A good start indeed. We weren’t particularly free-flowing going forward, or exceptional defensively, but we were unbeaten and in good shape, second behind a rampant Nacional. In Matías de los Santos we had a truly talented penalty taker for the first time in the save, and he proved that by scoring three of them in the first eight games, to add to the header he scored in just his second game for the club. Christian Colman also made an impact, scoring 4 in 4 after coming in for the underwhelming Pablo López.

Ah this takes me back! Specifically to 2023, where we started brilliantly and then capitulated. That’s exactly what we’ve done again, but this time there is at least an explanation. For the first time in the save we’re having to play an extra six matches in and around our league fixtures due to the Copa Libertadores Group Stage, and the extra fatigue and some niggling injuries are definitely taking their toll on the squad. This isn’t the only reason though, as I tweaked the Team Instructions at the start of the season, and was sold on the fact we scored a lot of goals in pre-season, but the truth is our system last year worked. We were two missed penalties away from a league title, and my messing has clearly had a negative impact on our performances, so I went back to last season’s system against Juventud and looked more convincing despite conceding a late goal, so the Intermedio will be used as a Litmus test of sorts, to see if the old system can make up for our awful start.


Group Stages baby! Finishing second last year allowed us to skip qualifying, which is significant not only because of the progress it signifies and the chance to test ourselves against higher quality opposition, but also for our finances; we were given £2.3million for participating in the groups, compared to £388k last year for our qualifying efforts. I had no expectation of progressing and the board wanted us to ‘Be Competitive’, which I assume just means don’t embarrass the club. The draw came around, and oh boy!

Santos and São Paulo are clear favourites to progress, with ourselves and O’Higgins looking to avoid the wooden spoon. I’d put us down as the weakest side in our group, but I was hopeful we could at least give a good showing and maybe grab some results against the Chileans.

Well, colour me surprised and delighted! Even in defeat we showed that we had the bottle to give Santos and São Paulo a game, and to take at least a point from both of them is a great achievement. For 17 year-old Christian Colman to bag a hat-trick away at Santos is a huge moment for the club, proof that our academy players can make an impact at the highest levels. We were emphatic in the first game, at home to O’Higgins, and after that game I set the target of doing the double over them, as I assumed they would be the only points we would collect. 8 points from 6 games far exceeding mine and the board’s expectations, but was it enough to squeak through?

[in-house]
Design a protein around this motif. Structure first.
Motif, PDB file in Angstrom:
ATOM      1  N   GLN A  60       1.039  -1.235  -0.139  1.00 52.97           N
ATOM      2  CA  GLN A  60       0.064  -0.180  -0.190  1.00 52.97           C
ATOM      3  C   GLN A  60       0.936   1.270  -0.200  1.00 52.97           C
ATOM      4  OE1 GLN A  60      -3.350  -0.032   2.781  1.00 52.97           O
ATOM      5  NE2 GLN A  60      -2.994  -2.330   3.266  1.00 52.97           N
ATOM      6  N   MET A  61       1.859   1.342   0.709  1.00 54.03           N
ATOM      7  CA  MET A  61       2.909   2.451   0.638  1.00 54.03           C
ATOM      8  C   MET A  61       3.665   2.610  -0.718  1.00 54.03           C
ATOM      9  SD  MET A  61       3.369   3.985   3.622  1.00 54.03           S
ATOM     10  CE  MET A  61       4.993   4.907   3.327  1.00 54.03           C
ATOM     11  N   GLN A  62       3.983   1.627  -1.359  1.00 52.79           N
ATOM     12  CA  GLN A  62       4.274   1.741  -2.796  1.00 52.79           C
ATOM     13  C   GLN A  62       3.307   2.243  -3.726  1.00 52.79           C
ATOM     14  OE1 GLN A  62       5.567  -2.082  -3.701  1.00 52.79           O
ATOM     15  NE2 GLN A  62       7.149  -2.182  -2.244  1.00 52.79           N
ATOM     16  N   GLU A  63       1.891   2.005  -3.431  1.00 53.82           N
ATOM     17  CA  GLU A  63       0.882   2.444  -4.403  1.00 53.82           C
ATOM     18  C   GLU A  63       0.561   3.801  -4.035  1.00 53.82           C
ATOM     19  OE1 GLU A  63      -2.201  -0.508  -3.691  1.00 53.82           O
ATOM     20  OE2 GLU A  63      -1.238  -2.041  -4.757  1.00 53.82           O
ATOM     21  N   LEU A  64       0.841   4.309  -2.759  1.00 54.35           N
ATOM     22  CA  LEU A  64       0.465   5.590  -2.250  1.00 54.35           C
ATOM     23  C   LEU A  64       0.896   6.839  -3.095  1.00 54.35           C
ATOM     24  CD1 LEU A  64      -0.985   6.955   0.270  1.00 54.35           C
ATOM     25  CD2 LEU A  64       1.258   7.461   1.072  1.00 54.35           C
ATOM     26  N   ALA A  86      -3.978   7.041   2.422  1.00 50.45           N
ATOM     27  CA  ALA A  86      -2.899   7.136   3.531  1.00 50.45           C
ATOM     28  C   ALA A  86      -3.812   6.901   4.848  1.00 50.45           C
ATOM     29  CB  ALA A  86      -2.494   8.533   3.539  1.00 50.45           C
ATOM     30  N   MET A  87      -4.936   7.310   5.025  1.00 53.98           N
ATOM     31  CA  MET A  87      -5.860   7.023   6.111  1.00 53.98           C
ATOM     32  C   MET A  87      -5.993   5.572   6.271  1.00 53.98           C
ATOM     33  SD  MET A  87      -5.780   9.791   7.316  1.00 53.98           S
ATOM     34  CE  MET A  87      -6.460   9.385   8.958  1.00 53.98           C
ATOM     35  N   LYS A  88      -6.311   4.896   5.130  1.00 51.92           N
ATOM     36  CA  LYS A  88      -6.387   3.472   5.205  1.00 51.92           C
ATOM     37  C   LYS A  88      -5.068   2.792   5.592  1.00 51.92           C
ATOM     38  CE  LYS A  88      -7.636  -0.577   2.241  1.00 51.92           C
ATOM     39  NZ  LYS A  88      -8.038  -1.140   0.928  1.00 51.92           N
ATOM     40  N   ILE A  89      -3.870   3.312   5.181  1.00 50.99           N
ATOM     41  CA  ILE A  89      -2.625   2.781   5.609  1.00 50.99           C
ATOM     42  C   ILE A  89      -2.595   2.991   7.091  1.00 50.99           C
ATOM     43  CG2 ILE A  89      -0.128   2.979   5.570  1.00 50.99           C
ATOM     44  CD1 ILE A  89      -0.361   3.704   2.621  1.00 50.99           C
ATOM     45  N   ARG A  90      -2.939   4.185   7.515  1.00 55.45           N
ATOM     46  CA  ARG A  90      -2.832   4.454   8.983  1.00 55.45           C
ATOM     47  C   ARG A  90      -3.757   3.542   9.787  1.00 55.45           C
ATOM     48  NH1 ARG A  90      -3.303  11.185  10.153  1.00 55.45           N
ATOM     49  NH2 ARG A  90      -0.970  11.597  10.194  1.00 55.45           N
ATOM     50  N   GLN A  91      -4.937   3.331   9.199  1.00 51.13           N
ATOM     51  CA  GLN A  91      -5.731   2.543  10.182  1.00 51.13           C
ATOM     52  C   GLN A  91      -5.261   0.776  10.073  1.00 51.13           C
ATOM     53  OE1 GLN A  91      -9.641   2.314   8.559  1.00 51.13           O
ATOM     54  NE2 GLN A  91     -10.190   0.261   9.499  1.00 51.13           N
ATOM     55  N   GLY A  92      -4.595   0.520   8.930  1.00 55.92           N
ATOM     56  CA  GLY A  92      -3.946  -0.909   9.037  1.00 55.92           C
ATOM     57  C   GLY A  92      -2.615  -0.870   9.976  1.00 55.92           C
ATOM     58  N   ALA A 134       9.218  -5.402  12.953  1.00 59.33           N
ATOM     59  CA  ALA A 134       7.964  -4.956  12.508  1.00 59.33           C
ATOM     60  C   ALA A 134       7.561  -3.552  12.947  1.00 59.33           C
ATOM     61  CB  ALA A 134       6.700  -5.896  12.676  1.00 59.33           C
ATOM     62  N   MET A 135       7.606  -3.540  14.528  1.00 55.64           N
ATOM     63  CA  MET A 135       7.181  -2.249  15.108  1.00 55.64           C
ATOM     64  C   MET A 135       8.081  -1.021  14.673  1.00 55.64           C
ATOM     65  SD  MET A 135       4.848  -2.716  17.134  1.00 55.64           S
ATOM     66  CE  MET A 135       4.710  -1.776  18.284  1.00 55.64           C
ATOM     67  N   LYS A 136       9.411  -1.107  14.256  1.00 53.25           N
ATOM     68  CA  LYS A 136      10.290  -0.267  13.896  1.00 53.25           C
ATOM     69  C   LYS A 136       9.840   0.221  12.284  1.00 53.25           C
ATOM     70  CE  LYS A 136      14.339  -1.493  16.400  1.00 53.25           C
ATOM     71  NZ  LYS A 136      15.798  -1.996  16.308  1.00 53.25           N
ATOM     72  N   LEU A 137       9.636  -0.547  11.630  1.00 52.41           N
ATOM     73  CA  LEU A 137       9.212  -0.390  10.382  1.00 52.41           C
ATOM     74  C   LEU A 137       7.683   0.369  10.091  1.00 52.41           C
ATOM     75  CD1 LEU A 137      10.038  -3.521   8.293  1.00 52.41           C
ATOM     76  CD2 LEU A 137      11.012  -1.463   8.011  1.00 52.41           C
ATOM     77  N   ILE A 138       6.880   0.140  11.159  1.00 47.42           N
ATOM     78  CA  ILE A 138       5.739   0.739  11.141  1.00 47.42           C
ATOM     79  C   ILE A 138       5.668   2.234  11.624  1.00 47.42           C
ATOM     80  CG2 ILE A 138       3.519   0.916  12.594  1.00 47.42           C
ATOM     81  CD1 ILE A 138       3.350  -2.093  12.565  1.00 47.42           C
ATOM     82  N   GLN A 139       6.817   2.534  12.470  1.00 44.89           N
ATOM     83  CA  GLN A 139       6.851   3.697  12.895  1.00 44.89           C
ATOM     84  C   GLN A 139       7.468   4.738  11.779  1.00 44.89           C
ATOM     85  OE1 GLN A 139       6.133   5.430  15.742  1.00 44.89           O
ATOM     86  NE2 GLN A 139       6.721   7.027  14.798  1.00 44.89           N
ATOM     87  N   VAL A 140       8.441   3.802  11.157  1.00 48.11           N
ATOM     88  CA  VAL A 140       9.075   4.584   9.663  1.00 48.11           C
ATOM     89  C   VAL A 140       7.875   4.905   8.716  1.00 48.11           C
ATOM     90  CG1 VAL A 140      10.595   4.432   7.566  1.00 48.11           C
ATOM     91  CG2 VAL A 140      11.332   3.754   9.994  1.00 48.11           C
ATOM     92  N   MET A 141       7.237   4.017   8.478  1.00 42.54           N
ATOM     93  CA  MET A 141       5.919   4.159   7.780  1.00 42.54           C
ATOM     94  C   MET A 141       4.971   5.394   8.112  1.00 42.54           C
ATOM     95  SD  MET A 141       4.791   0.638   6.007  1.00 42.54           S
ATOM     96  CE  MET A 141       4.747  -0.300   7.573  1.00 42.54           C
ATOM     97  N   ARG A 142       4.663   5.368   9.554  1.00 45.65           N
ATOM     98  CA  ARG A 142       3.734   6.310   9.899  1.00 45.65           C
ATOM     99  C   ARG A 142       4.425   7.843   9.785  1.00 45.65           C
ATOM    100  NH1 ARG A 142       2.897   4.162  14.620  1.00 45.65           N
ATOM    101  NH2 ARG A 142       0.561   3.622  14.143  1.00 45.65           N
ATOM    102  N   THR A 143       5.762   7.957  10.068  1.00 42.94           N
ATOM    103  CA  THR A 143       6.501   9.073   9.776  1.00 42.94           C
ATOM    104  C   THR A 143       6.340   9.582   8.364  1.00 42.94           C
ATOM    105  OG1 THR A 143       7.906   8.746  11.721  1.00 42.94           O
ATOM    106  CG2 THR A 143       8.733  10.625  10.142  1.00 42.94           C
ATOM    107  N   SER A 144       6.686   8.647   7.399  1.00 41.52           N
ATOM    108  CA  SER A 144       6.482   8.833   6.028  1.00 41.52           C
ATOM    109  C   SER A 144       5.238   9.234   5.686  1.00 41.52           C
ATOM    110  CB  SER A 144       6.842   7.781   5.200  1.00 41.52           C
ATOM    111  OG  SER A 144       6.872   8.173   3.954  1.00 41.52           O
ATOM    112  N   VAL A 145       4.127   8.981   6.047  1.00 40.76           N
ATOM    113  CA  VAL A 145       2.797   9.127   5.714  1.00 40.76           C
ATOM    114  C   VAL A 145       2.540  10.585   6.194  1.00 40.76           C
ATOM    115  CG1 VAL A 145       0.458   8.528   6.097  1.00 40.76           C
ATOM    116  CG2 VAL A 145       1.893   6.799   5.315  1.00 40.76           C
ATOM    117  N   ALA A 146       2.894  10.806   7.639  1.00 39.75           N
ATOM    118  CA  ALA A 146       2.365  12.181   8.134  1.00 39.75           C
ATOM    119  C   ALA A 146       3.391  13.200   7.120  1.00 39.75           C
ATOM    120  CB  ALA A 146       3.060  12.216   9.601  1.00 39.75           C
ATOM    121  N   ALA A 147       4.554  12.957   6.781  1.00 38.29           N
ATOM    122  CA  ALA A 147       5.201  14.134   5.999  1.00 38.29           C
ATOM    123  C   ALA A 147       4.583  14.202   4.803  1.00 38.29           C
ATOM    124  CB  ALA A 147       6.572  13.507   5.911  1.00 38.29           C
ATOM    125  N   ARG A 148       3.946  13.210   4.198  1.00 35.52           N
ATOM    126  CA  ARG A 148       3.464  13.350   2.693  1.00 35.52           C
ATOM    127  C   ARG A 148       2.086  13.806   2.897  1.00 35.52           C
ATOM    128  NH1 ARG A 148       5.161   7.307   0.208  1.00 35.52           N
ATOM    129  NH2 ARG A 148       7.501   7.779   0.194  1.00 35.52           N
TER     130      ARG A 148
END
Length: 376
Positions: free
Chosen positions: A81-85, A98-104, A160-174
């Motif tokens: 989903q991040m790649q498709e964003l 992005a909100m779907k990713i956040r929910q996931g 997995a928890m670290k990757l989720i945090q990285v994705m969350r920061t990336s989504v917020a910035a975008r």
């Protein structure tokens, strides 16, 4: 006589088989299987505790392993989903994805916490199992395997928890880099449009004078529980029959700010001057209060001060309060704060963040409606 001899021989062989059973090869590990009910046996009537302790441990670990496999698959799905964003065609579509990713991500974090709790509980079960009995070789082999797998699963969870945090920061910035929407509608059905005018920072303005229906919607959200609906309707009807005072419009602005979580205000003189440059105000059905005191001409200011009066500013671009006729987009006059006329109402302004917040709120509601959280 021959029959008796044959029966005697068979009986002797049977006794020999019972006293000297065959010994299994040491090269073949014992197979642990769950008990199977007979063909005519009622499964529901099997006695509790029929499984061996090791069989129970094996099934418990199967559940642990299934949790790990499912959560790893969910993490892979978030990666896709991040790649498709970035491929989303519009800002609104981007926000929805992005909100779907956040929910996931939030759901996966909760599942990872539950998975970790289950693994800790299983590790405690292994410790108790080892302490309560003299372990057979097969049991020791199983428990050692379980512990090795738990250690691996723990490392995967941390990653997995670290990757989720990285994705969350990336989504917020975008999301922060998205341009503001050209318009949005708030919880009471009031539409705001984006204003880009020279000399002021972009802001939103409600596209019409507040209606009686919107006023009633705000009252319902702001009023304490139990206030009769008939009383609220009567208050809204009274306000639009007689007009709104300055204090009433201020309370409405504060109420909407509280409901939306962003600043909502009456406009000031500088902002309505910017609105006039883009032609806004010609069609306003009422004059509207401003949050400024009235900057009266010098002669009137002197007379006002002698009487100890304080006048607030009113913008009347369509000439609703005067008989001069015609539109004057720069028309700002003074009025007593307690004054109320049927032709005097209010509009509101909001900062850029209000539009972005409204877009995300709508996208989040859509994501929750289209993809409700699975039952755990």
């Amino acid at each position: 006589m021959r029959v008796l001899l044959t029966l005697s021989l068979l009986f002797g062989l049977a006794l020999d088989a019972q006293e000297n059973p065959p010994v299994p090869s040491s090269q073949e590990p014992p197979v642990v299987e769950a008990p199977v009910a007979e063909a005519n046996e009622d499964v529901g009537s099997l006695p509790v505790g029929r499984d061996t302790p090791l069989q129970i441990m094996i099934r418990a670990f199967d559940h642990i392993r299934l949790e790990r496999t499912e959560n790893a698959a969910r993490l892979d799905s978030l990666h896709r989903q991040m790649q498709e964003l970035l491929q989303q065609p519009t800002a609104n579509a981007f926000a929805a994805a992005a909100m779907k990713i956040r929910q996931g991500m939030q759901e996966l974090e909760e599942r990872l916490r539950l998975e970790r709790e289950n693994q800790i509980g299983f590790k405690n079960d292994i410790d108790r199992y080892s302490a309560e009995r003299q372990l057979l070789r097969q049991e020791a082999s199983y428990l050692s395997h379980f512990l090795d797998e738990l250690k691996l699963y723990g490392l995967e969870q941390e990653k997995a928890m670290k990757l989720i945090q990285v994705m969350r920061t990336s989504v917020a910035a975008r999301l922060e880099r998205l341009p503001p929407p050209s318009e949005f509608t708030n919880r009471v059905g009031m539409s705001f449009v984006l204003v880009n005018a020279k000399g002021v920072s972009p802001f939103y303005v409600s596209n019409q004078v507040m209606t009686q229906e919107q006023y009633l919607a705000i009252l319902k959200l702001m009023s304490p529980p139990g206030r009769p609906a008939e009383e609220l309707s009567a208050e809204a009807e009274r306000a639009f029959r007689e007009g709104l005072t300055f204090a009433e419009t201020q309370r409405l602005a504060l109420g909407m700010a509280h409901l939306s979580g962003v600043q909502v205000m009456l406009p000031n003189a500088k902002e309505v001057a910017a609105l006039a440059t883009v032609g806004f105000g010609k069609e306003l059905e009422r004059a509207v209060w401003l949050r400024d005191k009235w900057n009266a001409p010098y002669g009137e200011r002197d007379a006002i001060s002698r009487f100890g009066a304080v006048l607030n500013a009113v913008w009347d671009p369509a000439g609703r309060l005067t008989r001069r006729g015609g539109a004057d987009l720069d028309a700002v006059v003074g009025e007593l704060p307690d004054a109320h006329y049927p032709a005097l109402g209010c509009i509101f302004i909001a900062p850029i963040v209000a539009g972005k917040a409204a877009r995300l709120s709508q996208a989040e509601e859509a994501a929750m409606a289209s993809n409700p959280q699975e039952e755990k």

Sadly no, but we gave it a good go! We showed too much respect to O’Higgins in the final group game, so concerned with avoiding defeat that we didn’t create enough chances to win the game. This coupled with Santos’ win over São Paulo left us agonisingly close, but ultimately we can be really proud of our showing. There was one more bonus to come from our performance too:

I should probably have had an idea that third would secure us Sudamericana football, it’s the same process as in Europe’s Champions League, after all. I didn’t have a clue though, so I was delighted when the Mail came through that our Continental campaign wasn’t over. We’re yet again expected by the board to ‘Be Competitive’ which I’m glad of as 10 of the sides left in the competition are from Brazil and Argentina, including our second-round opponents, Lanús. Our performances give me faith that we could have a really good go at progressing, but we are certainly the underdogs – our entire playing staff earns 45% of their top earner’s wage. His name is Gonzalo Higuaín, you may have heard of him?

That’s it for today’s post, a lot to cover, and a disappointing start on the whole. Hopefully we can pick it up in the second half of this season, make sure you check back in next time to find out!

Let me know how you think we’ll do for the rest of the year either in the comments below or over on Twitter!

Thanks for reading.